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NSF Awards $150K to SU for PROMISE Academy Support

Dr. Karen Olmstead
Dr. Karen Olmstead is one of the SU faculty and administrators involved with the project. 

SALISBURY, MD---Salisbury University is one of five University System of Maryland (USM) institutions with strengths in biomedical and life sciences selected to form a career development alliance, supported by the National Science Foundation (NSF).

The PROMISE Academy will recruit scientists from traditionally underrepresented groups who have recently completed their doctorates into faculty positions in the sciences.

SU has received $150,291 for its portion of the nearly million-dollar five-year project. This is one of three grants — totaling nearly $600,000 — that SU received from NSF in August.

“Through this award, we will be able to support young faculty in their development as teachers and mentors,” said Dr. Karen Olmstead, interim provost and senior vice president of academic affairs. “We will be working collaboratively within the USM to transform the hiring practices, job satisfaction and career success of historically underrepresented faculty in the sciences.”

PROMISE: Maryland’s Alliance for Graduate Education and the Professoriate (AGEP) is a partnership of the USM began in 2002 and was expanded in 2013. Led by the University of Maryland Baltimore County, as well as the University of Maryland College Park and University of Maryland Baltimore, the effort has been focused on career pathways and professional development for underrepresented graduate and postdoctoral students, as well as being a catalyst for increasing their enrollment, retention and graduation rates.  This latest effort, now involving SU and Towson University, will expand to faculty development.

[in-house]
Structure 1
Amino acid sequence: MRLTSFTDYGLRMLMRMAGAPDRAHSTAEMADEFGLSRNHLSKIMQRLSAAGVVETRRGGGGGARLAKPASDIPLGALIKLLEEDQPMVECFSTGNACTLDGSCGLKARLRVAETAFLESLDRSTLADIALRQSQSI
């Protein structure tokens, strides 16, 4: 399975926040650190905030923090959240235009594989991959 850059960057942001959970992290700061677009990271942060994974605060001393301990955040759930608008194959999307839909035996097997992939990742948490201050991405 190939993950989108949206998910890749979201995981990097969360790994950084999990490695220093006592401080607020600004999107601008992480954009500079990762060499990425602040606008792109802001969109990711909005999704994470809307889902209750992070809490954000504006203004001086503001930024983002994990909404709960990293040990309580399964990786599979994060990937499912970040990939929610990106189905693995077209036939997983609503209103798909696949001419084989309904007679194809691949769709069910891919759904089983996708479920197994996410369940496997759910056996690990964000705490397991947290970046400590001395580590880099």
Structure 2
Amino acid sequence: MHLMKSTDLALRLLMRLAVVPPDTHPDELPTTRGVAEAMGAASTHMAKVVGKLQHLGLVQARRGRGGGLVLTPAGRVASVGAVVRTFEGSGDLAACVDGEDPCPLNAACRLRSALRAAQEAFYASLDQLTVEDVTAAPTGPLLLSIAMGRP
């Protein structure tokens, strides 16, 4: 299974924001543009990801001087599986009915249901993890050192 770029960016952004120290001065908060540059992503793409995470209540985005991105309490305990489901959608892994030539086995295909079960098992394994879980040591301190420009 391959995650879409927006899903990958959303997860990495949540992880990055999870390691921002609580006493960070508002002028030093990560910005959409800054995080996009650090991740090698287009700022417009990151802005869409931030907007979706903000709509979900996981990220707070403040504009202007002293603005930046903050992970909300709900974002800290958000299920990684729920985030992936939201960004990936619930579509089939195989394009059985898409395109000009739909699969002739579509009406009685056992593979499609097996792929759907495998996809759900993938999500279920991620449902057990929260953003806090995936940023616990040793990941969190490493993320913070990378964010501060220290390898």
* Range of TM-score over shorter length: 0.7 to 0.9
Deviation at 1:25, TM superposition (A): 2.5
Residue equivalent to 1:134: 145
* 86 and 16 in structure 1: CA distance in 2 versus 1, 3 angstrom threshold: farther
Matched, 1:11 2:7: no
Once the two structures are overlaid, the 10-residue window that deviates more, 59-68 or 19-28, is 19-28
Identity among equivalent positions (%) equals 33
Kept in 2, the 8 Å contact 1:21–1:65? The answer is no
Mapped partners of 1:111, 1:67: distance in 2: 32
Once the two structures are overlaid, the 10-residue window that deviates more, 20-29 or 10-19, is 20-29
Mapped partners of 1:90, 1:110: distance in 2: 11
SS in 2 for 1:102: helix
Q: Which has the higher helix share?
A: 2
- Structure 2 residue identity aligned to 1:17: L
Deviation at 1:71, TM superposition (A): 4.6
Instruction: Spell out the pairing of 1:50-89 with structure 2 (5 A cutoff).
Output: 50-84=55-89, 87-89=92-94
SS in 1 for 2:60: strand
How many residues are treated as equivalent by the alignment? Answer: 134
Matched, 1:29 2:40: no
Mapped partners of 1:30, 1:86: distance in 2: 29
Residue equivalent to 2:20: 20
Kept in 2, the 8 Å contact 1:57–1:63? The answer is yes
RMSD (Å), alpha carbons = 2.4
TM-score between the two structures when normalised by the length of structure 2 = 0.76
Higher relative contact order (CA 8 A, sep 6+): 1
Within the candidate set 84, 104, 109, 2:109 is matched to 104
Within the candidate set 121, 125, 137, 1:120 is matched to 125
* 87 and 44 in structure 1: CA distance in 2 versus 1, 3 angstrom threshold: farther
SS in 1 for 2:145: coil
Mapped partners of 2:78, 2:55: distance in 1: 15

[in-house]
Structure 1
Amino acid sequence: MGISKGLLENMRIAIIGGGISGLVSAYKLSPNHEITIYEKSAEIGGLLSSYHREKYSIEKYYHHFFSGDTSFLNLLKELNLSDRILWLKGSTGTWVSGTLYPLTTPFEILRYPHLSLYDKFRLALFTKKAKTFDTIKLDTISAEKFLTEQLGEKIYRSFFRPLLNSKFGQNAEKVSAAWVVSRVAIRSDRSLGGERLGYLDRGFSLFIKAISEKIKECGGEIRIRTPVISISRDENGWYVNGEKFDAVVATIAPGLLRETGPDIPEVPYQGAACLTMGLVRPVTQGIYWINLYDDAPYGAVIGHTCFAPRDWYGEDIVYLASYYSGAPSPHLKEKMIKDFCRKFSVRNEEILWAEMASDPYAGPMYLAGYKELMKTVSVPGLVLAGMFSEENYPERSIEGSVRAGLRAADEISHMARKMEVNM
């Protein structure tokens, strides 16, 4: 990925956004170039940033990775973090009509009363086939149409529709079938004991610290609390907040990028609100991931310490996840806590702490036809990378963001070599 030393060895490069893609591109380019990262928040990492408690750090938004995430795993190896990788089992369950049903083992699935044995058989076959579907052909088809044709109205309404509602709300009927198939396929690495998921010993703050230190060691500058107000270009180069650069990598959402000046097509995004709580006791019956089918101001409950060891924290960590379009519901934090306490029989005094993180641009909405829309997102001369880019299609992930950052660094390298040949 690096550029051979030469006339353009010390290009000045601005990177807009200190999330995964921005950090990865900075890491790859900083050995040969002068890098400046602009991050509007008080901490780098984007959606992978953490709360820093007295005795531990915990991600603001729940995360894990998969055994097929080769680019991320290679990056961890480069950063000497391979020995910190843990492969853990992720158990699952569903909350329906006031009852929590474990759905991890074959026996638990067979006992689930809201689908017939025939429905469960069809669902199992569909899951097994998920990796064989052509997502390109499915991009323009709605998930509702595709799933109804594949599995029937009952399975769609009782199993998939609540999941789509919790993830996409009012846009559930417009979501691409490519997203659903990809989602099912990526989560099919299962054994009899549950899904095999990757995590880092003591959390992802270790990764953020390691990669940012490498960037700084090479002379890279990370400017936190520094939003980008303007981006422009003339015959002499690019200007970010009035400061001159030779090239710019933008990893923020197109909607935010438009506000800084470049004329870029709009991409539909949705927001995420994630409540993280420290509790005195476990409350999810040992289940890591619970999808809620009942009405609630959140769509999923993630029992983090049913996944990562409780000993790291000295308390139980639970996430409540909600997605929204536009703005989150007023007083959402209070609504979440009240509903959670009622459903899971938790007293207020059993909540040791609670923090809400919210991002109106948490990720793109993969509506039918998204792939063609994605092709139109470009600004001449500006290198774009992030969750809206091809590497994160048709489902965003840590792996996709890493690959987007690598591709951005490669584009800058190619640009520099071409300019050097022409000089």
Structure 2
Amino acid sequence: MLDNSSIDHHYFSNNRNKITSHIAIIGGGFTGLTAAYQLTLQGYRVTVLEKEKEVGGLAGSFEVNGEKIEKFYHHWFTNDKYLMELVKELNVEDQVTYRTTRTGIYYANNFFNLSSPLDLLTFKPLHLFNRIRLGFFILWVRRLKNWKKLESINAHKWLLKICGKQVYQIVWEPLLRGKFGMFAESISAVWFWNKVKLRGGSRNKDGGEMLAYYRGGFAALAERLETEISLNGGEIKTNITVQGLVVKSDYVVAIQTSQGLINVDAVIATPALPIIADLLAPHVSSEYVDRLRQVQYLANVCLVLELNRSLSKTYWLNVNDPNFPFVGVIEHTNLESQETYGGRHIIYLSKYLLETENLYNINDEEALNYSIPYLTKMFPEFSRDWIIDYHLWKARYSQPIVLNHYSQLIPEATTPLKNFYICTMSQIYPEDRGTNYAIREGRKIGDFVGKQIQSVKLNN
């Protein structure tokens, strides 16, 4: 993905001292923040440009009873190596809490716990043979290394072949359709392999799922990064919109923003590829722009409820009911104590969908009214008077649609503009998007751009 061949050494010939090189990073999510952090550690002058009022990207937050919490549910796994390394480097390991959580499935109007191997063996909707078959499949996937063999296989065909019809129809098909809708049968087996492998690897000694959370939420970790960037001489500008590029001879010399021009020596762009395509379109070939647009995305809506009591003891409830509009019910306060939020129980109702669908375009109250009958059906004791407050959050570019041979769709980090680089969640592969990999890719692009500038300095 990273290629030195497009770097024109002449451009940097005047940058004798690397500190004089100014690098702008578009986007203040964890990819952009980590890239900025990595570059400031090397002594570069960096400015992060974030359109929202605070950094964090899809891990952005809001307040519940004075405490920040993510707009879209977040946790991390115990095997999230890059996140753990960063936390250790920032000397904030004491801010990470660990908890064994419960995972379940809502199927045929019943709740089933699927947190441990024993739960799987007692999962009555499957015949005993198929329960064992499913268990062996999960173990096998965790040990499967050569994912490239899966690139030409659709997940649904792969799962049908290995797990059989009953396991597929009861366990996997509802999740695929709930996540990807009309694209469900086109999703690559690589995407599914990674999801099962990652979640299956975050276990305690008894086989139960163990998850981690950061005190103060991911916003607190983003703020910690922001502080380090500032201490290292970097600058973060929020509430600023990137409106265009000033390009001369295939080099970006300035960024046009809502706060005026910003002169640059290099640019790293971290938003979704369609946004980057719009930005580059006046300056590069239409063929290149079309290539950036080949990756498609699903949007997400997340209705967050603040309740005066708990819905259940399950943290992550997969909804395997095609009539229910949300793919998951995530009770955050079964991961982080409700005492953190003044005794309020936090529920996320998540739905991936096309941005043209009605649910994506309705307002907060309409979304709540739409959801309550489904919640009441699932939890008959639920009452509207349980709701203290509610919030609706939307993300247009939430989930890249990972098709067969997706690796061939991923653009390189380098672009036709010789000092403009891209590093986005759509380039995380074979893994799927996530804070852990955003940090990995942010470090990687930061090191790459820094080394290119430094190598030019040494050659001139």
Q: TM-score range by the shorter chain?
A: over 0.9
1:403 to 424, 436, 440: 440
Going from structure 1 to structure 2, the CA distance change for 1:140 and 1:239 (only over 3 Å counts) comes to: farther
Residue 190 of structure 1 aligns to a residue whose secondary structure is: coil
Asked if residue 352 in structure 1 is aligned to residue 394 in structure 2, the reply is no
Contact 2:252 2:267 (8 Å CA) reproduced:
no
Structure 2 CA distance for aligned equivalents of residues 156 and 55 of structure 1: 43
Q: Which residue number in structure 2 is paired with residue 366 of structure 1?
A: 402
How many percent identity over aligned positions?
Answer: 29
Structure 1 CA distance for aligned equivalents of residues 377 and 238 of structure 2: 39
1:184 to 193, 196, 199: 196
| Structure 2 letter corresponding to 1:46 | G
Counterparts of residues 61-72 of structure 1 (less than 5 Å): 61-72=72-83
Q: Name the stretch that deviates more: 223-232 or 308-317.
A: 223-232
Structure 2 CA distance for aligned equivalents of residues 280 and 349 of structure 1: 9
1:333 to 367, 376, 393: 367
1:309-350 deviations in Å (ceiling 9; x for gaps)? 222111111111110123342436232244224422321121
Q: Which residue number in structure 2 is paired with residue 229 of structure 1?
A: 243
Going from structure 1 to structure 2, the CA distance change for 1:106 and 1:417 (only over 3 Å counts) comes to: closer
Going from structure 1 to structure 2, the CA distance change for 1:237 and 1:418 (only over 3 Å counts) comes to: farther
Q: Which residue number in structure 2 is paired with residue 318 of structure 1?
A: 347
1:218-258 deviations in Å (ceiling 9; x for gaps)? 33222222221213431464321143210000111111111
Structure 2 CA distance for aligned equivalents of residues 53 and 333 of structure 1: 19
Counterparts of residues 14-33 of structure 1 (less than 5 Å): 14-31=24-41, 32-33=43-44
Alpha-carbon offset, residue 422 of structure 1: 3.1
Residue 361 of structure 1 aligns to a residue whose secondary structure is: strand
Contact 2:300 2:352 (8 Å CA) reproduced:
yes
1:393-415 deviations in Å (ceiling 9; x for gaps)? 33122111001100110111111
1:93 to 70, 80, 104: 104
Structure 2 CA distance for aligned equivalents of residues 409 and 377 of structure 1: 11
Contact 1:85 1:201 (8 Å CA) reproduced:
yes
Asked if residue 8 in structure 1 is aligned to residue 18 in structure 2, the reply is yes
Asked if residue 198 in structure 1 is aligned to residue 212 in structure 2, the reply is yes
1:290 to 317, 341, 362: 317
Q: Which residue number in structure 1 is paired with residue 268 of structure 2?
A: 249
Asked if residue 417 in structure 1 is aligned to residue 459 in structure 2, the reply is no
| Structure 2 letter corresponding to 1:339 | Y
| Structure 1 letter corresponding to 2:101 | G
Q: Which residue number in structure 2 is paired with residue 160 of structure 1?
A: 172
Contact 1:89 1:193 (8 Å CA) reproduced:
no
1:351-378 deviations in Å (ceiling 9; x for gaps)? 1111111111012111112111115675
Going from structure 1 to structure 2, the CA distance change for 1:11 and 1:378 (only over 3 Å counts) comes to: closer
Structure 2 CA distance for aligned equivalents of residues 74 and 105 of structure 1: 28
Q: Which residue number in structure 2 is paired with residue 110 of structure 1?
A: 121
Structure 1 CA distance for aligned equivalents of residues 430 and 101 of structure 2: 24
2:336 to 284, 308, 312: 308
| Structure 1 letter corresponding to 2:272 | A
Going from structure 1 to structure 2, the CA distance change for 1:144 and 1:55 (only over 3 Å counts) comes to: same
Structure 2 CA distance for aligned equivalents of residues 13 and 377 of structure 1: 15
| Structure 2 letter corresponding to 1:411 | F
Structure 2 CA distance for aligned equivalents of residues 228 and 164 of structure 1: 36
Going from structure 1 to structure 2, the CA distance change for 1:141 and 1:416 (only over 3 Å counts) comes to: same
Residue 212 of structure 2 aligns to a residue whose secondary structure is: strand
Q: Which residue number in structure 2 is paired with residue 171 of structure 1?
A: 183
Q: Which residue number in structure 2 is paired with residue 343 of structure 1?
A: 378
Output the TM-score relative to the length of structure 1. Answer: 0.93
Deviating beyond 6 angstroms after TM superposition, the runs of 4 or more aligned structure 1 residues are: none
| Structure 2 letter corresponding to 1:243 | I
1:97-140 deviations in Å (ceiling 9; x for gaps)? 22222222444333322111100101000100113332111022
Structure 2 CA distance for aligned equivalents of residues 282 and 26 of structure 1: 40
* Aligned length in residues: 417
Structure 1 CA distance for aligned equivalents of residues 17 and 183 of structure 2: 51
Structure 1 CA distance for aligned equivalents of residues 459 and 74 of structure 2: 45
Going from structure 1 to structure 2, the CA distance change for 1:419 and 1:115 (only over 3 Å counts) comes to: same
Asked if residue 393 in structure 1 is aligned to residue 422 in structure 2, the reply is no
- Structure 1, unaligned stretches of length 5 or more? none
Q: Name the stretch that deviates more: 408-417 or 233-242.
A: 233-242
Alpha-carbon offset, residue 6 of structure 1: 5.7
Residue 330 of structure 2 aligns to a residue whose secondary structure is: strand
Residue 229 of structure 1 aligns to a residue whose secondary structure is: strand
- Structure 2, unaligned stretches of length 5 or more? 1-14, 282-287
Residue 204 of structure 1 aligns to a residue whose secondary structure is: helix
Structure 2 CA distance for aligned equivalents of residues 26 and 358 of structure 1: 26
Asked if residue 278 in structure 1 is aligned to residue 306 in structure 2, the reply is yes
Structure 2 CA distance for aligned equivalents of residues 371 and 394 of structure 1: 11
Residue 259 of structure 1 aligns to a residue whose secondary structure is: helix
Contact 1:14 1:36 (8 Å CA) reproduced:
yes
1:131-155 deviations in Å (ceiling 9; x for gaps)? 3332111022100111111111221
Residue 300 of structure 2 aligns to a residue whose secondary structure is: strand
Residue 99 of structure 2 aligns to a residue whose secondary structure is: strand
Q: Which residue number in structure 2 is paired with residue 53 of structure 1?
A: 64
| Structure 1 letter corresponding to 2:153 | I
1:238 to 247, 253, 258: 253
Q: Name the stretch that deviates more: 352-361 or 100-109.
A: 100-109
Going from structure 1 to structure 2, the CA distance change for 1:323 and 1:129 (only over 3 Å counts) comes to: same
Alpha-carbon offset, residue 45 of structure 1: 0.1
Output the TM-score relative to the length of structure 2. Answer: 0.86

After recruiting 16 underrepresented faculty, the PROMISE Academy will provide career training, laboratory management, publication- and proposal-writing coaching, inter-institutional teaching experience, collaborations, conference support and access to long-term employment.

SU will provide the participants with training and other resources to develop expertise in mentoring undergraduate student researchers, and hire two teaching post-doctoral fellows.  

“Effectively engaging students in authentic research experiences is a best practice in university teaching,” said Dr. Michael Scott, interim dean of the Richard A. Henson School of Science and Technology. “We are delighted to be able to share our campus expertise in this with future faculty in the PROMISE Academy.”  

In addition to Olmstead and Scott, others involved on campus include Drs. Jessica Clark and Chrys Egan, co-directors of SU’s Office of Undergraduate Research and Creative Activity, and Dr. Clifton Griffin, dean of graduate studies and research.  

Funding comes from the NSF’s AGEP program, which is intended to increase the number of underrepresented students who are receiving doctoral degrees and becoming professors.

For more information call 410-543-6030 or visit the SU website at